Working Paper   64

Poverty and Environment Links: The Case of Rural Cambodia


Published: 01-Nov-2011
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Abstract/Summary

Environment and poverty nexus is still a polemical issue. Some schools of thought claim that it is poverty that has the major effect on the environment, while another perspective suggests that the environment has more impact on the poor than vice-versa because the poor have no power to exploit the environment. In the context of Cambodia, there is a general consensus that the poor, particularly those living in rural areas, are heavily dependent on the environment i.e. common property resources. If the environment is degraded, the livelihoods of those people will definitely be severely affected.

This paper aims to address the impact of environmental degradation on poverty in Cambodia. We use the Cambodia Socio-economic Survey in 2007 (CSES 2007) and other available secondary data to examine the impact of environmental income (forestry and hunting) and that of environmental variables such as flood, drought, and land erosion on poverty. Following Cavendish (1999), we use a simple descriptive method to assess the former hypothesis. To take other factors into account, probit regression method is adopted to investigate the latter. The study also attempts to examine household risk coping strategies and limitations in response to environmental change, as well as the government’s mitigation and coping strategies.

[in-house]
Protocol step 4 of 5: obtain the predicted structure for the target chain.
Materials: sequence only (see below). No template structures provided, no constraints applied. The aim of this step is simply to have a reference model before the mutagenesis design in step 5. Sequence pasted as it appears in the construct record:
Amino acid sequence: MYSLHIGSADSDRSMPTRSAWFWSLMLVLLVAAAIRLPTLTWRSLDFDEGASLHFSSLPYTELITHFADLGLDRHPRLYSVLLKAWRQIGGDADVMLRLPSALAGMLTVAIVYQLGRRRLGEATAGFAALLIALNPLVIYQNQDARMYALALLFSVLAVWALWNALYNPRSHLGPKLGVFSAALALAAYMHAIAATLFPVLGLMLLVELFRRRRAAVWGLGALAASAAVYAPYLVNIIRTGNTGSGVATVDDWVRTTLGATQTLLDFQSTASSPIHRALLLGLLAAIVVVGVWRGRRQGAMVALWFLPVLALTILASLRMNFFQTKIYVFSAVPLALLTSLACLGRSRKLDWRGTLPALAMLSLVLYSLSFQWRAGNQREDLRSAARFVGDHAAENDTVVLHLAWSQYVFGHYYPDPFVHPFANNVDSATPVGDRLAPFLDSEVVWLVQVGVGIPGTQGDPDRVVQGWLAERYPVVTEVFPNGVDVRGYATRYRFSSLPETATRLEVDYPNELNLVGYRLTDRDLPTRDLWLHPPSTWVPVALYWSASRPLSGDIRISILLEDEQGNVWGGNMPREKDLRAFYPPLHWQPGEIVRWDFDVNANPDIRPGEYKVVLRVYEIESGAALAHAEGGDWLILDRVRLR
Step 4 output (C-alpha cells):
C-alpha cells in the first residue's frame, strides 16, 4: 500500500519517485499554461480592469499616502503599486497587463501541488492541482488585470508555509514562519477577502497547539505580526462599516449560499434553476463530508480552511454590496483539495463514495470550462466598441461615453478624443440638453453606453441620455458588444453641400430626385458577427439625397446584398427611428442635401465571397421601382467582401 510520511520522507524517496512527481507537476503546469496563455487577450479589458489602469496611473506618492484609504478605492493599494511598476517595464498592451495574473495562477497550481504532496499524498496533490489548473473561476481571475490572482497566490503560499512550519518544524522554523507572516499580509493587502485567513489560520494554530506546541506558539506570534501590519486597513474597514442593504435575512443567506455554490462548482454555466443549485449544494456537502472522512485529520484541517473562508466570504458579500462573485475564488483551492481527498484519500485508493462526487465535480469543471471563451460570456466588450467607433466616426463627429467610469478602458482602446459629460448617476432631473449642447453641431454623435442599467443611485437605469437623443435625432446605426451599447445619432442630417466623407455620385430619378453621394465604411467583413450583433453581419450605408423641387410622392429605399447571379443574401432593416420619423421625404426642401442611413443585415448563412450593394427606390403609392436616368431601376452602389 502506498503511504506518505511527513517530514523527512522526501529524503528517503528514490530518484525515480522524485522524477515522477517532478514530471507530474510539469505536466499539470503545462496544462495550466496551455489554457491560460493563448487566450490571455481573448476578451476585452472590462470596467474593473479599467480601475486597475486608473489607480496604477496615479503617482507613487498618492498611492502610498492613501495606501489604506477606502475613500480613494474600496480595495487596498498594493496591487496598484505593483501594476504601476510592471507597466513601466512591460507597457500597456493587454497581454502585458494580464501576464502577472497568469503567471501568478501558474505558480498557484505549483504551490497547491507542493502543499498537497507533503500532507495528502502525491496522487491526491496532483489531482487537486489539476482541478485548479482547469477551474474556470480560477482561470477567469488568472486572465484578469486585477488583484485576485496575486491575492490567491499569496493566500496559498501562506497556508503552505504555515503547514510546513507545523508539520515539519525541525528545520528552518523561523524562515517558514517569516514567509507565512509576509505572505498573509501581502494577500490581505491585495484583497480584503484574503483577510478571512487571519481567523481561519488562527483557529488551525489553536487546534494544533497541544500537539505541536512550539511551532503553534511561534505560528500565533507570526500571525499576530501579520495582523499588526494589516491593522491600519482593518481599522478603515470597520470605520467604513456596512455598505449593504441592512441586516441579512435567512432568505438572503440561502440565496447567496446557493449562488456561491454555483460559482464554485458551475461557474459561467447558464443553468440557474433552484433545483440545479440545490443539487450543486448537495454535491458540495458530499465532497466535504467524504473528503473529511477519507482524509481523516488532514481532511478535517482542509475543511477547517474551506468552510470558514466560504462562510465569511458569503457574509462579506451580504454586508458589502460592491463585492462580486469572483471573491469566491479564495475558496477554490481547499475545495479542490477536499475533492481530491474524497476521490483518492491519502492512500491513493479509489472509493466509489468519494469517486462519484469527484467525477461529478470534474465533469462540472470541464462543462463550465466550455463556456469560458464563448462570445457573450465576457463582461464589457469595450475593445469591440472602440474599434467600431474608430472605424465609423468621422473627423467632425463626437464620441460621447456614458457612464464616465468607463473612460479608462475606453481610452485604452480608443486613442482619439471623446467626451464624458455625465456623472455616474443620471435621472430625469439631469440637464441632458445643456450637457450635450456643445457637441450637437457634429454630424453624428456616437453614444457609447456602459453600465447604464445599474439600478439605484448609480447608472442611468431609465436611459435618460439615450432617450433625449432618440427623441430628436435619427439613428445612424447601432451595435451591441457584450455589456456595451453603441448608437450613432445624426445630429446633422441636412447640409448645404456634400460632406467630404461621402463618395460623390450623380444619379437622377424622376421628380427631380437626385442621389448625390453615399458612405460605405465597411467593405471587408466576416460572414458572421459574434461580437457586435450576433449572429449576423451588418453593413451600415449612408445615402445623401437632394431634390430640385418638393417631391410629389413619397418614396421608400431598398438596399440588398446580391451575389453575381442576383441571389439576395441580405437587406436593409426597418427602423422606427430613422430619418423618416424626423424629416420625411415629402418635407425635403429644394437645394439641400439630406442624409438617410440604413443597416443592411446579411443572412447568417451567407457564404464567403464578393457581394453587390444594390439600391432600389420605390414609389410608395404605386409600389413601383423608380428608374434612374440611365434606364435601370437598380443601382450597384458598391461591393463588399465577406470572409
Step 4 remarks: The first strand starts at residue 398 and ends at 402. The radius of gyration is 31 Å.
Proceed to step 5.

The results show that poverty rate will increase by an average of 16.3 percent if rural households are unable to access forestry and hunting at all, of which the headcount ratio in Tonle Sap (wetland) is likely to edge up by 14.1 percent. Drought is likely to increase the poverty rate by 6 percent, while flood decreases it by 4 percent. The unexpected result for the case of flood is largely because it is commonly viewed as a source of profit rather than a source of disaster as it usually contributes to the wealth of biodiversity, abundance of fish and soil fertility in Cambodia (MRC 2006). Meanwhile, we also find that a 1 percent increase in land erosion (land productivity as proxy) raises the poverty rate by 3 percent.   




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